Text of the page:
- To introduce Lindsay's novel within the context of historical and political facts regarding the relations between Great Britain and Australia at the turn of the xxc
- To examine the relevance of Lindsay's reconstruction of the Hanging Rock setting as a multidimensional space whereby the forces of nature interact with those representatives of the cultural and social conventions of Appleyard's College and its Victorian microcosmos.
- To analyse the scope of Lindsay’s unconventional narrative that blurs and mingles genre categories and tropes.
- To encourage teachers of IGCSE Literature to appropriate the format of context-driven study of the novel, so as to intellectually furnish strategies of analysis and interpretation.
- To present teachers with alternative and varied study guidelines that ensure a thorough examination and exploration of theoretical framework and literary potential of the text.
Presentation of the historical, social and economic context of xx c South Australia within the context of its independence from Great Britain in 1901
- An introduction to the main ideas that influenced Lindsay’s novel such as the role played by the Australian bush and its heritage of rich mythical and legendary forces such as the pan motif fostered by art and religion, against the background of the Appleyard college’s rules and norms.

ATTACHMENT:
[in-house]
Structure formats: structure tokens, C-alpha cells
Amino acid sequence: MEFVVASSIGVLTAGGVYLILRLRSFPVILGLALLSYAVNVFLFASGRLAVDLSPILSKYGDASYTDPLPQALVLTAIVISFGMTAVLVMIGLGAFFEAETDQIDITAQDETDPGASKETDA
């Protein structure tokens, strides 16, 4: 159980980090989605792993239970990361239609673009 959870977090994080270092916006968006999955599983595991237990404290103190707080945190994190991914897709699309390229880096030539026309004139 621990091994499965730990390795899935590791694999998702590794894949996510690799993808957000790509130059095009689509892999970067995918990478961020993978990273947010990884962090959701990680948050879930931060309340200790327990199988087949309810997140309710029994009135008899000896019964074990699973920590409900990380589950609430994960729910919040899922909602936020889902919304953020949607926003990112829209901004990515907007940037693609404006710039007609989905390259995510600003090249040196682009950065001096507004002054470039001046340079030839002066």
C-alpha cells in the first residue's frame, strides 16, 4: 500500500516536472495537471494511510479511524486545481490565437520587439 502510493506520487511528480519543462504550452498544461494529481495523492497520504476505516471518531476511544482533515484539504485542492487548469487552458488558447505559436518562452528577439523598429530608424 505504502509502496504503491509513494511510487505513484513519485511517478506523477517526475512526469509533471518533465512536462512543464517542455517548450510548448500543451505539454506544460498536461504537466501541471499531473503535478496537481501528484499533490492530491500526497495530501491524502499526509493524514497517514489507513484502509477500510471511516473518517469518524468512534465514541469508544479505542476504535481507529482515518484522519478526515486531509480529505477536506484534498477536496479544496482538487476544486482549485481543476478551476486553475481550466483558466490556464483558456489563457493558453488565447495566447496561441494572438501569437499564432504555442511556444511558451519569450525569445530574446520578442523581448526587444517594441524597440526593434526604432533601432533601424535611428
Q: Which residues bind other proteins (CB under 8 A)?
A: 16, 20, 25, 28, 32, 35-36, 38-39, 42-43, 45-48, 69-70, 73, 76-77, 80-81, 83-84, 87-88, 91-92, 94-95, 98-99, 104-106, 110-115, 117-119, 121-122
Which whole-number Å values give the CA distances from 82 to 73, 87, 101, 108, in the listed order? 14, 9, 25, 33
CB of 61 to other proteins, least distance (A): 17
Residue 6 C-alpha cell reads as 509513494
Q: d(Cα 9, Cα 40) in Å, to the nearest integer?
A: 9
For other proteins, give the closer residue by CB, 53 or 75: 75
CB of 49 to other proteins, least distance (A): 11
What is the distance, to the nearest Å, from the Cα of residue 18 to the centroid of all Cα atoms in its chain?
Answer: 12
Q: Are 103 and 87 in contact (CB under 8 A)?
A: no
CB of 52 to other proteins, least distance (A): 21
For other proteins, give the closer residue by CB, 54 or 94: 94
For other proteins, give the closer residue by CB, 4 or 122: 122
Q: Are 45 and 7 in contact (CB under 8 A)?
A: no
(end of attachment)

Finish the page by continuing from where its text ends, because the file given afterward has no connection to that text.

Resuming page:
- The novel as an example of the influence of modern hermetic symbolism and narrative gaps, and also as a generic hybrid that illustrates the shaping the cultural identity of Australian national literature.
Introduction to the novel’s context of production and reception. Historical review.
- Introduction to main discursive fields that influence the novel’s themes and its cultural, and social and scientific concerns and its articulation with the influence of Australia’s impressionist artistic heritage and the lost child myth and philosophy.
- The analysis of the literary conventions of the novel’s conflating genres: the Australian gothic, the crime or mystery plot, the pastoral mode, and the supernatural/uncanny genre and the way its tropes and motifs reinscribe the authors’ concerns with the issue of Time, the transgressions of limits, and the construction of the Australian ethos and identity.
- Group-work based on a selection of passages from the novel in order to foster critical reading and writing strategies that respond to the IGCSE’s format of general and text-based assignments.
Abbott, Megan. Picnic at Hanging Rock: “What We See and What We Seem”. The Criterion Channel Essays, Jun 20,2014.
Bladen, Victoria. “The Rock and the Void: Pastoral and Loss in Joan Lindsay’s Picnic at Hanging Rock and Peter Weir’s Film Adaptation. 2012.PDF. https://espace.library.uq.edu.au/data/UQ_292779/UQ292779_OA.pdf?Expires=1644960444&Key-Pair-
Gibson, Suzie, The Embrace of Ambiguity in Joan Lindsay's Picnic at Hanging Rock and Henry James's The Turn of the Screw. Antipodes Wayne State University Press
Volume 33, Number 1, June 2019.pp. 8-20.